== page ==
The Missing Ring
The day after we lost Joshua my mom gave me a ring to wear with his birthstone. I wore it every day for four and half years. Last month I noticed that one of the amethyst stones was missing. A prong had got bent and broke allowing the pale purple stone to fall out. I took the ring off and placed it in a jewelry dish on my dresser.
Now my finger feels empty.
I find myself constantly rubbing the ring finger on my right hand. Searching for the familiar ring.
Related: A Missing Piece
But it’s gone.
I feel its absence daily. Today I realized how profound and meaningful that loss really is. That ring was a material reminder of my son. Not that I need a ring to remember him, but it represented him physically in some small way.
I have worn that ring every day.
Through a nerve-wracking rainbow pregnancy, through every holiday and birthday, we have celebrated without him. That ring has always been there. Something tangible that I could touch and know he was with me.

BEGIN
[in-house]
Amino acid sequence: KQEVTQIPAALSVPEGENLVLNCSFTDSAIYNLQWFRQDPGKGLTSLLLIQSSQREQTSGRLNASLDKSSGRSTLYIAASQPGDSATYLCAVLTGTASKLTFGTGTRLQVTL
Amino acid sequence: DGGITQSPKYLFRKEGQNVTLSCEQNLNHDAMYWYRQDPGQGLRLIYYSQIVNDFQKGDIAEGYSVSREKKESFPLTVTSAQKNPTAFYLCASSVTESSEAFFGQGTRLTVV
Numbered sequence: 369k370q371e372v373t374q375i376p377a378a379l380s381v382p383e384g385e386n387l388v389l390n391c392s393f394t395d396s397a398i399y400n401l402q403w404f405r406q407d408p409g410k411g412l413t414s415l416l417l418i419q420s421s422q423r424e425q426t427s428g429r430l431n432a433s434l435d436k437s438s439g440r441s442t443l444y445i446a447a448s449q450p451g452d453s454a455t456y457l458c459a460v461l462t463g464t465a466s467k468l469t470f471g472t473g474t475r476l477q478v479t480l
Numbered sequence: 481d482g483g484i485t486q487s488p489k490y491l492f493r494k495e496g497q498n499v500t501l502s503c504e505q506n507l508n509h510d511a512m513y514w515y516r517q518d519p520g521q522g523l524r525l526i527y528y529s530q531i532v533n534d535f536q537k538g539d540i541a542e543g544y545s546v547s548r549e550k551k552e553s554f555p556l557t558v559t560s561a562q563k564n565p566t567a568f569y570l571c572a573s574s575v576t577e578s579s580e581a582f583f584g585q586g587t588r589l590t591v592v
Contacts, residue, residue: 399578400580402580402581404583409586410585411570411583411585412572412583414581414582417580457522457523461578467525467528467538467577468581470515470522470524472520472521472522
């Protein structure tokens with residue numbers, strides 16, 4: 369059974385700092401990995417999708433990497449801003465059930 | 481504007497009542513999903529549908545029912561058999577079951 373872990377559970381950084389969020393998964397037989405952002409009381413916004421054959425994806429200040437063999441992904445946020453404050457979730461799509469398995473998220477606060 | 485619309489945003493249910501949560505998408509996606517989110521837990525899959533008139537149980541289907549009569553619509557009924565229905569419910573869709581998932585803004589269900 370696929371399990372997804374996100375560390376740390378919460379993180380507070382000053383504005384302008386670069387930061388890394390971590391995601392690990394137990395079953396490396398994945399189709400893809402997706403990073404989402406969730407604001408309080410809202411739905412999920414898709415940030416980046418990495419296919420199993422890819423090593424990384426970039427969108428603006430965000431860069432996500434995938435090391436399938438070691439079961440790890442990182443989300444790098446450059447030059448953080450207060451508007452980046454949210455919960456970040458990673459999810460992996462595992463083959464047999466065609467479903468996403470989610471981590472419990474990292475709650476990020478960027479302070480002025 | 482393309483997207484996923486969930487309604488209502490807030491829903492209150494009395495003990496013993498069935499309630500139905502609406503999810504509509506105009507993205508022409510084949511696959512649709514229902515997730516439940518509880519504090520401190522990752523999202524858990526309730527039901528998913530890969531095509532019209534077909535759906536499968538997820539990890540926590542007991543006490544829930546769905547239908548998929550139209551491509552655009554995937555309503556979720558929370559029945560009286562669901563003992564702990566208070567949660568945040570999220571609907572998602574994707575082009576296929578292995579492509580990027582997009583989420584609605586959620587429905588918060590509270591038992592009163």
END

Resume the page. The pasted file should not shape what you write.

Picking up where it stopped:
Feeling the absence of the familiar weight of that purple and gold ring is just another reminder that he is not here to touch and hold. The holidays have come and gone. We celebrated. We enjoyed our moments and memories that we made with his little sister.
And yet there was something missing.
We will welcome the new year. The year he should turn five. The year he should go to kindergarten. The year that we will fill with moments and memories without him.
Always missing him.
Today I carry him in my heart, but also on a chain around my neck. A necklace that has the names of our family careful cut out of silver.
There he is right alongside his little sister. There with his dad and me. The way our family should be.
Related: We Walk Together
The ache of the missing seems to change with time.
Just like I will eventually get used to my bare finger. At some point, I will no longer search for the ring in the middle of the night. The longing for Joshua changes too. I no longer wake up unable to breathe from the reality that he is not here. I have grown accustomed to the weight of grief. To the missing.
Photos by: Victoria Denney